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What is an SLA?

SLAs (service-level agreements) are the most critical component of any vendor contract.

An SLA describes all the expectations and responsibilities, including the scope and quality of the work, that must be met by the vendor. It also clearly defines the penalties–or any acceptable alternative solutions–if the work falls short of these requirements. Think of an SLA like a watchdog for any third party services.

The SLA document lays down all relevant metrics, describing the parameters of the work (which are actually different points of measurement) and their values. Tracking and monitoring is executed based on these parameters. The value for each SLA parameter is agreed upon between the vendor and their clients–and if there is any deviation from the SLA, penalty rules are executed as agreed between both parties.

SLAs exist to protect all parties involved in the agreement, so any significant contracts and their respective SLAs should be reviewed by legal experts.

Most third party service providers have their own standard SLAs. Sometimes the terms in the SLA are negotiated and finalized based on the requirements of the client.

SLAs and Web Applications

There are two main components of an SLA: the service component and the management component. The service element comprises specific services, conditions, standards, timelines, escalation procedures, and so on. The management element includes standards, reporting processes, resolution processes, and indemnification clauses.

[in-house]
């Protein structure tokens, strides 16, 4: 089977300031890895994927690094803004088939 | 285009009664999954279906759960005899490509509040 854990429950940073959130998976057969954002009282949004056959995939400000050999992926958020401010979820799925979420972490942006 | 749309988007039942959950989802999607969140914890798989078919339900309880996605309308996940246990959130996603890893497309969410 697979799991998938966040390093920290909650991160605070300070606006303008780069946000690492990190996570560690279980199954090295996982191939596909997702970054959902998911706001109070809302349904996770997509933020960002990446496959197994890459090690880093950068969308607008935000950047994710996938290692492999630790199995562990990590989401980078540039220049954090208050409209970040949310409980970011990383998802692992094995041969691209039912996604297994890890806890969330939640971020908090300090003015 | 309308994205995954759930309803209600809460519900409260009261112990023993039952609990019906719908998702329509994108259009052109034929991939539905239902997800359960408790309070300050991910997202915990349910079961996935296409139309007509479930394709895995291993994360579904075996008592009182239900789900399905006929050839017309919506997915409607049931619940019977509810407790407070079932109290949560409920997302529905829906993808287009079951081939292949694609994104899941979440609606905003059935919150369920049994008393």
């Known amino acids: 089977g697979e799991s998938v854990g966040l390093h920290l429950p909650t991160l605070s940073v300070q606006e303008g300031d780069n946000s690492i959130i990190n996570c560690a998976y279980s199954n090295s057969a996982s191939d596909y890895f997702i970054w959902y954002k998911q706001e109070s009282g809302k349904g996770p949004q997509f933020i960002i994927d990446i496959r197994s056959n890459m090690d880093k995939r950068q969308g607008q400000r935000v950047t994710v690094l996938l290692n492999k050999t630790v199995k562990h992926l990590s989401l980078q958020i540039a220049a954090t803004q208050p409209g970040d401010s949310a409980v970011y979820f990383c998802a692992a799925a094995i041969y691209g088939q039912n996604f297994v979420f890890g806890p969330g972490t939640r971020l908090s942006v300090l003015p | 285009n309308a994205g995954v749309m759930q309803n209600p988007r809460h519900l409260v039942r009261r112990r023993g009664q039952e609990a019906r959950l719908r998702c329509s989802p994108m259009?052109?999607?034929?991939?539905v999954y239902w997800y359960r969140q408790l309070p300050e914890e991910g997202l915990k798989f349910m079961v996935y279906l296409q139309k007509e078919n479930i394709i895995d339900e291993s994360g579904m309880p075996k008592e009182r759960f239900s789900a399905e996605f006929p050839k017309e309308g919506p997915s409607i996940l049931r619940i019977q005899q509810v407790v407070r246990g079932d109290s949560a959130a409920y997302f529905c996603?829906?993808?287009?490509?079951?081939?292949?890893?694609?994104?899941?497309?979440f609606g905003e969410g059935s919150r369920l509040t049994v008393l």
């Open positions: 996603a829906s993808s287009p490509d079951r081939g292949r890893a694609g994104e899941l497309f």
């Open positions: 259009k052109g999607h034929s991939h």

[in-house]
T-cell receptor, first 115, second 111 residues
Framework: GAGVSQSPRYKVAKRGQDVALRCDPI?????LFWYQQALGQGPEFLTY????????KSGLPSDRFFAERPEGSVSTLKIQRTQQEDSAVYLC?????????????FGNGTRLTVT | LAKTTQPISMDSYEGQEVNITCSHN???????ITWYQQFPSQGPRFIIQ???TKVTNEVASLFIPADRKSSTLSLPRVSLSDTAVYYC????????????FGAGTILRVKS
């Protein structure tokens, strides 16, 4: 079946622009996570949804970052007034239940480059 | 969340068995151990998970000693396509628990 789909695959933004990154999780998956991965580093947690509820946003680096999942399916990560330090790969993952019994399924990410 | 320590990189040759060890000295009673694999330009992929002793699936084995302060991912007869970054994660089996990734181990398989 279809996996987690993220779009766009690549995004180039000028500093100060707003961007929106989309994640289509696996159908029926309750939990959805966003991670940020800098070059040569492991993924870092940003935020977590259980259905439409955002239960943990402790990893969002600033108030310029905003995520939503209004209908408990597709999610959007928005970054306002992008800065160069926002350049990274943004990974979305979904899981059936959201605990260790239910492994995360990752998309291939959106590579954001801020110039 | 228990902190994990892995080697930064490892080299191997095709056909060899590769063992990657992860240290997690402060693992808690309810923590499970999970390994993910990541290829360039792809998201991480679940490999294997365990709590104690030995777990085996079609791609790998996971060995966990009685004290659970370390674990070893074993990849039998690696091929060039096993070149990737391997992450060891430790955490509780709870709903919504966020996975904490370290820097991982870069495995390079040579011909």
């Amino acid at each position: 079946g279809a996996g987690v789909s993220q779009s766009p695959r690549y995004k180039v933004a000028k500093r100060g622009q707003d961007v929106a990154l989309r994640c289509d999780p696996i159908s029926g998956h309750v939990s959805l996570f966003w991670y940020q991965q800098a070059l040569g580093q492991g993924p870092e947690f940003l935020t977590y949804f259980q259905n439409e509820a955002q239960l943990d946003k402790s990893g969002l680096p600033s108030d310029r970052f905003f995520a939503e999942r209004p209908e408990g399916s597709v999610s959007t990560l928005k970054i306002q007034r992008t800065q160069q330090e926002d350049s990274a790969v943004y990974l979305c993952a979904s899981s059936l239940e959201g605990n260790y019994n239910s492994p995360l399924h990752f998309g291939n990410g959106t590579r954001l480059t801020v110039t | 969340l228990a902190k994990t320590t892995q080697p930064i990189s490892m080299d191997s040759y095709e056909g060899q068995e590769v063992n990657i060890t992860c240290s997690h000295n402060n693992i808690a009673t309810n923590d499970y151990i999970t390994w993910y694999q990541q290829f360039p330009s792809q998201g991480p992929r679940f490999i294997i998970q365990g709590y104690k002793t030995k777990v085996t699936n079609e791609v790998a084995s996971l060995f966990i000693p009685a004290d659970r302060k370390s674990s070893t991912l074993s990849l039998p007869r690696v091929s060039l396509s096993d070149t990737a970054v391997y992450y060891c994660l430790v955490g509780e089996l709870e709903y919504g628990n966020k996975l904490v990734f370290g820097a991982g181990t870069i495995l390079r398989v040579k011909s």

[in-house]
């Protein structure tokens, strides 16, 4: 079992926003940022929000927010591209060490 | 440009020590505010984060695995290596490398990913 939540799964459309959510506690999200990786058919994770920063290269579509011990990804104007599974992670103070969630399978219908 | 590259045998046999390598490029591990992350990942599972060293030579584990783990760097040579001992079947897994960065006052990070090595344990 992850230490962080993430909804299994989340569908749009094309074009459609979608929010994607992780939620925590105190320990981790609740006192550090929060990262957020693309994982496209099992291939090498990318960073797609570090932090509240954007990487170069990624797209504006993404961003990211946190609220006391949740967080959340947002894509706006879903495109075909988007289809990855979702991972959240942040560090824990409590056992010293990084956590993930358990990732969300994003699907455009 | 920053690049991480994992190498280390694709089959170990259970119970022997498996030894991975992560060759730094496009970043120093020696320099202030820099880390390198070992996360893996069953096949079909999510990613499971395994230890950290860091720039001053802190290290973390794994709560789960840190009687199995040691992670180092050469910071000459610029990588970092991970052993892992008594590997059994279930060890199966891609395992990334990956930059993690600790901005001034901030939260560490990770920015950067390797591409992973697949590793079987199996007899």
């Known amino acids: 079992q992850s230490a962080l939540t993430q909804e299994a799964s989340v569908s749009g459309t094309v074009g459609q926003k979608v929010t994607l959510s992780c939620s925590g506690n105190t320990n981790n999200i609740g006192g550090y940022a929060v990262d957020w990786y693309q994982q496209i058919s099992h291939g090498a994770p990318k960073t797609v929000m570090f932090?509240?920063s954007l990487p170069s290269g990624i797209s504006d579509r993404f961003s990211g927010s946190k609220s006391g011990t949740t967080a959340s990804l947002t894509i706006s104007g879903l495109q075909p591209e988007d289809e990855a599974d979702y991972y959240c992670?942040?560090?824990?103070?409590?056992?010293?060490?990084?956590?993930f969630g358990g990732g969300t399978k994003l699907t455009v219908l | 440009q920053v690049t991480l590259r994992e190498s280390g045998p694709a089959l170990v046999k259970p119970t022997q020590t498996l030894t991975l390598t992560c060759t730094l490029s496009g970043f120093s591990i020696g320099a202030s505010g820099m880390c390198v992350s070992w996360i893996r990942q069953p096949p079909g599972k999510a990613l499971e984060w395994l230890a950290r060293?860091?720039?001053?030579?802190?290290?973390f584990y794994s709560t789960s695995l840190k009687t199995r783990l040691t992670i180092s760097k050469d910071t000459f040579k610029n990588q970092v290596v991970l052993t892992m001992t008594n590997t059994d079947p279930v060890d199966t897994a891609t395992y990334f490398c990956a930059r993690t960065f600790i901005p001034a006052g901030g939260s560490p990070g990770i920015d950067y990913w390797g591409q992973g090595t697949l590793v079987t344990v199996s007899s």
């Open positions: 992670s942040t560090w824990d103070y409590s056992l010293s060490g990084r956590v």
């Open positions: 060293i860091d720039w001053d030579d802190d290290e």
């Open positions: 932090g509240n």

For any web application or portal (be it e-commerce, social networking, or cloud service), outage is a major concern. Web application outages have a cascading effect on their associated partners, any connected websites, and the overall business.

The Facebook outage last year was one such example, and it carries a significant message: the need for a third party SLA. There may have been multiple reasons for the outage, but an appropriate SLA should have been in place to protect the interest of all involved parties. The outage had a significant impact on Facebook’s partner sites, including Instagram and Vimeo. It also affected the integration side. Amazon and Dropbox underwent similarly high-profile outages in 2013, with a major impact on business and revenue.

In most cases, companies that experienced an outage recovered their services within a short while. Nevertheless, it is important to understand the ways in which a properly monitored SLA can protect you if and when it does happen.

Using Performance Monitoring to Validate SLAs

Performance and Website Monitoring continuously gauges the availability and performance of your mission critical business applications. Of course, the performance and availability of business applications is all part of Service Level Agreements.

Apica WebPerformance, our proprietary synthetic monitoring platform, features an SLA Widget on the reporting dashboard, allowing you to easily monitor and validate your SLA parameters. Each successful and failed check affects overall SLA percentages, which is why we’ve made it easy for users to see what has caused a check to deviate out of SLA parameters with only a quick glance.

The diagram below is a screenshot of Apica’s SLA Widget. This particular data set shows SLA performance over a 24 hour period. As you can see, there is a 5.63% failure rate, bringing Staples’ average SLA down to 94.37%.

Dig even deeper inside the Last 24 Hour Status widget, located directly to the right of the SLA widget.

Click through to each Recent Error point (in the lower right of the Status widget above) to view a report page listing domain performance data, slowest URLS, errors, and a waterfall chart.

For advice on SLAs, as well as critical related services including continued performance monitoring, contact us at Apica or sign up for a free trial of Apica WebPerformance below.